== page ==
Take Big Bites
by Linda Ellerbee


Putnam, 2005. ISBN 0399152687.
Reviewed by Doris Anne Roop-Benner
Posted on 10/02/2007

Nonfiction: Food/Cooking/Kitchen; Nonfiction: Travel/Adventure; Nonfiction: Relationships

Ellerbee writes just the way she speaks, and when you read Take Big Bites, you feel like she's talking directly to you. This is a book that you never want to end. It's a memoir about travel and food and friends and lovers and misadventures. She has done it all. Most of the time, she travels alone. She prefers that so she's forced to talk to the people where she's visiting. Occasionally, she goes with a family member or friend to revisit a place from their past. She's been to some places that you've never heard of but want to go to after she describes them.

"Our travels are not always the voyages of discovery we say we seek, but rituals of reassurance," she writes. What fun!

When Ellerbee gets together with her friends, she reminds us that, to women, girlfriends are not a luxury, they are a healthy necessity. They sit around and talk-talk-talk, and even though they are now women, they feel like girls again.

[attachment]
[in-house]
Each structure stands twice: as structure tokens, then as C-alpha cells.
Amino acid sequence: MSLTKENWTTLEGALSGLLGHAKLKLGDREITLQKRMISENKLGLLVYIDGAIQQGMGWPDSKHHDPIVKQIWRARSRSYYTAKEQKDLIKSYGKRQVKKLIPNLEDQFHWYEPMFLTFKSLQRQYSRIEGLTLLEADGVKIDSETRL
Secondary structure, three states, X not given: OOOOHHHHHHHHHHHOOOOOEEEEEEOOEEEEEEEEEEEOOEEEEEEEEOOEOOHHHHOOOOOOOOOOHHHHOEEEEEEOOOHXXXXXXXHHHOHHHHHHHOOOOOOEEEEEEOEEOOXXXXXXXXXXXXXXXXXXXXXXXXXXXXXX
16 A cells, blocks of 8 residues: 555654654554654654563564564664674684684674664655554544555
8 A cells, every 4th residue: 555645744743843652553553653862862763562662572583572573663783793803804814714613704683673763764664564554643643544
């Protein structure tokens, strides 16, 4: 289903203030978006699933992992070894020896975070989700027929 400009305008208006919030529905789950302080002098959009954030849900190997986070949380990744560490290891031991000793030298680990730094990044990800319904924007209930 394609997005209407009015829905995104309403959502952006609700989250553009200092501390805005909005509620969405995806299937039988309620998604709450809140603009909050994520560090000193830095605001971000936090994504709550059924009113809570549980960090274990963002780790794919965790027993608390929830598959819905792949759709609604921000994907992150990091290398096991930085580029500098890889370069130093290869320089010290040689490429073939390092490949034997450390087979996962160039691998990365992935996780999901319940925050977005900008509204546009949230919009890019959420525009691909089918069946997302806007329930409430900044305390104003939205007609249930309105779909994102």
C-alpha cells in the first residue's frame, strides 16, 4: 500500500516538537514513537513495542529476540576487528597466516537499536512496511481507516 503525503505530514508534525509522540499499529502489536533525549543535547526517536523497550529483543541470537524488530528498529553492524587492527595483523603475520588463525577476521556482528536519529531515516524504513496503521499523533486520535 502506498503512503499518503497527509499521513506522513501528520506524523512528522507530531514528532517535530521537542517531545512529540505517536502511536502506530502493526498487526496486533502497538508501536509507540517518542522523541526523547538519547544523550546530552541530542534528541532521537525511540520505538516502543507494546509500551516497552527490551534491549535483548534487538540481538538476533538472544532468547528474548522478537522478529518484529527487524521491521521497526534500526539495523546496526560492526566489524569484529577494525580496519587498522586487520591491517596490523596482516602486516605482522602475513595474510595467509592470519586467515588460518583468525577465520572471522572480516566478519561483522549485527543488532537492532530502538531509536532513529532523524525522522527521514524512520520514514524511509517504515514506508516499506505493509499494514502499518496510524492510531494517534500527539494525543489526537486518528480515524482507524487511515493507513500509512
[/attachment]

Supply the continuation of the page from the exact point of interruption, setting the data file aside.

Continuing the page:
Her holidays will remind you of your own and others when she describes how despite tradition, love, hope, passing time and sweet memories, the holidays will always be messy.

She tells us about becoming a grandmother and says she will be available, understanding, and weird because as a mother she was mostly weird. She plans to take her grandchildren places and show them things and give them wings. We all wish we had a mother/grandmother like that. I especially related when she talked about giving her children cookie dough to eat. My girls still keep a roll of cookie dough in the refrigerator for emergency sugar fixes. And the food... She makes it part of every story, and it all sounds so good. She even provides recipes.

One delightful thing the author tells us (and she tells us quite a lot) is that, "Sometimes in life, if you're lucky, you are where you most want to be at that moment." And wouldn't we all like to do that at least once.


Linda Ellerbee is a veteran of award-winning shows and runs Lucky Duck Productions. She has written two bestselling memoirs and is the author of a series of middle-school paperbacks. She gives speeches nationwide on surviving breast cancer. She also appeared as herself in an episode of Murphy Brown (for which some say she was the inspiration). Linda lives in New York City and Massachusetts.

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